Later in the model year, a 40th-anniversary edition debuts, celebrating four decades of Mazda's rotary engine via Metropolitan Gray paint, a Cosmo Red leather interior, unique 18-inch alloy wheels, a firmer suspension, foglamps, a silver engine cover and commemorative badges.
Performance & mpg
A 1.3-liter rotary engine that sends power to the rear wheels comes on all RX-8s. Output is dependent on the transmission selected. Paired with the six-speed paddle-shift automatic transmission, the rotary makes 212 hp and has its redline set at 7,500 rpm. Those fitted with the six-speed manual produce 232 hp and have a higher redline (9,000 rpm).
There isn't much torque available, meaning you must keep the revs up to exploit the RX-8's performance potential. Thankfully, that's one of the joys of driving the RX-8, as the engine smoothly sings to redline and the shifter is superb. Although generally quick by most measures, acceleration is disappointing for a sports car. In our tests, a manual-equipped RX-8 took 7.0 seconds to reach 60 mph and ran the quarter-mile in 15.4 seconds.
Enjoying the thrill of the high-revving Mazda is going to cost you, as fuel mileage is mediocre. EPA estimates for the 2008 RX-8 are 16 mpg city and 22 mpg highway.
Antilock disc brakes, front seat side- and front side curtain airbags are standard on all trims. Stability control is standard on the Touring and Grand Touring and optional via a package for the Sport.
In government crash testing, the 2008 Mazda RX-8 earned a four-star rating (out of a possible five) for driver protection in frontal impacts and five stars for the front passenger. In that agency's side-impact testing, the RX-8 received four stars.
Although the 2008 Mazda RX-8 has the look of a race-tuned sports car, its demeanor on the road is considerably more docile. There's plenty of grip in the corners and solid feedback through the steering wheel, but a compliant ride means that it won't beat you up on the daily commute. The rotary engine requires high engine speeds to make serious power, but the delivery is virtually vibration-free and noise levels are subdued. Overall, the RX-8 is one of the best examples of a car that's both fun to drive and very livable on a day-to-day basis.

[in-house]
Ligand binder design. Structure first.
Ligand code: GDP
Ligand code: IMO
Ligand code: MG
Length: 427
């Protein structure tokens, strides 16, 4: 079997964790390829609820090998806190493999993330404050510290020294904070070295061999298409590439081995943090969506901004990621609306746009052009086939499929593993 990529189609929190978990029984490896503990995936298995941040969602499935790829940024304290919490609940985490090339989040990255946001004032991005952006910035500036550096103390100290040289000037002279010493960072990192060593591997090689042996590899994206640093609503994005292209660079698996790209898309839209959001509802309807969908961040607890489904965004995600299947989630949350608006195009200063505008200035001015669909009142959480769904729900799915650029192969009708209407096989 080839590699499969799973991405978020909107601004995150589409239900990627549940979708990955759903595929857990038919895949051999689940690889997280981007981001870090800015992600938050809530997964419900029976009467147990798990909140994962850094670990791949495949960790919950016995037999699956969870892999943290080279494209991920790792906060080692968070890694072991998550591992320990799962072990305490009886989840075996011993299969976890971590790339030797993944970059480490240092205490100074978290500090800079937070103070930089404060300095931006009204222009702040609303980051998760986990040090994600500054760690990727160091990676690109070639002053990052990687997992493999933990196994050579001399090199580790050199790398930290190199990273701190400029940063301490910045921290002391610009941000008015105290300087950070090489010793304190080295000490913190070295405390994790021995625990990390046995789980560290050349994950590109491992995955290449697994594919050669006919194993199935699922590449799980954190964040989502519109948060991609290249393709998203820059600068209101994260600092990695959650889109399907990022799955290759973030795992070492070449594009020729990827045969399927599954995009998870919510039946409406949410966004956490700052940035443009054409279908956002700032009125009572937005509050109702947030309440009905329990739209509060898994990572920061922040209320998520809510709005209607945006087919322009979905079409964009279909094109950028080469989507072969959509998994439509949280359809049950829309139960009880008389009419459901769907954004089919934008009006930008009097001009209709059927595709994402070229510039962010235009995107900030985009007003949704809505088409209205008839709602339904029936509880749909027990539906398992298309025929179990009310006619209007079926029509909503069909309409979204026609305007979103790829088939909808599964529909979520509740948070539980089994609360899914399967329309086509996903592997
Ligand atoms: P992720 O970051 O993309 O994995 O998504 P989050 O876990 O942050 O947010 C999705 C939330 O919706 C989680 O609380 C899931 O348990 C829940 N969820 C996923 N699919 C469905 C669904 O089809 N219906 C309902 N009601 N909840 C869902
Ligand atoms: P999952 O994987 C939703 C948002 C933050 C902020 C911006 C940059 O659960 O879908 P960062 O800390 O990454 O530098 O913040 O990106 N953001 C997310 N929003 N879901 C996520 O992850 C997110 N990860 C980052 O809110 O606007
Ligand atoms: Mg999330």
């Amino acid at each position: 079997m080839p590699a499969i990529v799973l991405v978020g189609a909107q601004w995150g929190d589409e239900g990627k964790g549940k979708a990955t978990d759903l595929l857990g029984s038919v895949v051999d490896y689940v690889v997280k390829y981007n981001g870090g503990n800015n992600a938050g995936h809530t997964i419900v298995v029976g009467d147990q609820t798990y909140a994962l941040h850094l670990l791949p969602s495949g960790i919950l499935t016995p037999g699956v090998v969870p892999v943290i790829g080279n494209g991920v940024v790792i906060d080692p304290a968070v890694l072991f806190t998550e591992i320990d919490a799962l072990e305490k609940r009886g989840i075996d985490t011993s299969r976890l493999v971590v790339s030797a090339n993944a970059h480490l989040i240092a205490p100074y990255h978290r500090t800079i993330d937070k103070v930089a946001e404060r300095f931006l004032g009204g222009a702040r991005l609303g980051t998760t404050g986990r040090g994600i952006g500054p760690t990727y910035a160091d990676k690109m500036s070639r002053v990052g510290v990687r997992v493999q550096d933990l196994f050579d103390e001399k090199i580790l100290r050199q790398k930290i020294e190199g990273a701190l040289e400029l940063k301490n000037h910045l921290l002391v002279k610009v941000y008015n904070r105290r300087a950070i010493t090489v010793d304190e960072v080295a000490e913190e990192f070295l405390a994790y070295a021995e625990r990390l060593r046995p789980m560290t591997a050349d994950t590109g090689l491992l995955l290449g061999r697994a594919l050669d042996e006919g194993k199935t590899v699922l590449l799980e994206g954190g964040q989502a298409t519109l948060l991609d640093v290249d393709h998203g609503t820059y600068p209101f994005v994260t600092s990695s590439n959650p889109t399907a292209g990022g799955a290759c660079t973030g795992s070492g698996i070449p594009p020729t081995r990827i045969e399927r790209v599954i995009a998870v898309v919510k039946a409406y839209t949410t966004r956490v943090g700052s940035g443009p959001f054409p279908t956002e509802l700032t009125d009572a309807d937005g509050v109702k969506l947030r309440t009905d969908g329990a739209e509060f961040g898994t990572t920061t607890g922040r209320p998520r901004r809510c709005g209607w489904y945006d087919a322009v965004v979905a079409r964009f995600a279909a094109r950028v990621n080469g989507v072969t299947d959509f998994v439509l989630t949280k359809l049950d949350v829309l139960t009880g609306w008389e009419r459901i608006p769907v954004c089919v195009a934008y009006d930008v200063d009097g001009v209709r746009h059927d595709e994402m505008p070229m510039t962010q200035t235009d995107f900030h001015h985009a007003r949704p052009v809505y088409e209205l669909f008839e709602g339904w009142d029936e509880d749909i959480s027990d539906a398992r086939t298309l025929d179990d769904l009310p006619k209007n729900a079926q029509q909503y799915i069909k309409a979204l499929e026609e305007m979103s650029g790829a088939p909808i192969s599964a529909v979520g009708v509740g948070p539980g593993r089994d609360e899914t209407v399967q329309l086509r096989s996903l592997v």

The RX-8's cockpit features a circular theme, with three round gauges and a circular central dash control stack that houses the stereo and climate control functions. "Piano black" accents are a classy touch, while an available two-tone black and red upholstery scheme is a nice break from the typically somber sports car interior. Although the gauges are easily read, the same can't be said for the crowded display used for the audio system and climate control, which can also wash out in bright sunlight.
Giving the RX-8 a serious advantage over class rivals is its true four-passenger capacity. The "free style" reverse-opening rear doors make loading people and cargo much easier. Provided they are shorter than 6 feet tall, those seated in the back will find supportive seating and ample room all around. The rear compartment is equally accommodating for luggage or grocery bags, but the trunk opening is small and no flip-down rear seat exists to increase that luggage capacity.
Edmunds expert review process
This review was written by a member of Edmunds' editorial team of expert car reviewers. Our team drives every car you can buy. We put the vehicles through rigorous testing, evaluating how they drive and comparing them in detail to their competitors.
We're also regular people like you, so we pay attention to all the different ways people use their cars every day. We want to know if there's enough room for our families and our weekend gear and whether or not our favorite drink fits in the cupholder. Our editors want to help you make the best decision on a car that fits your life.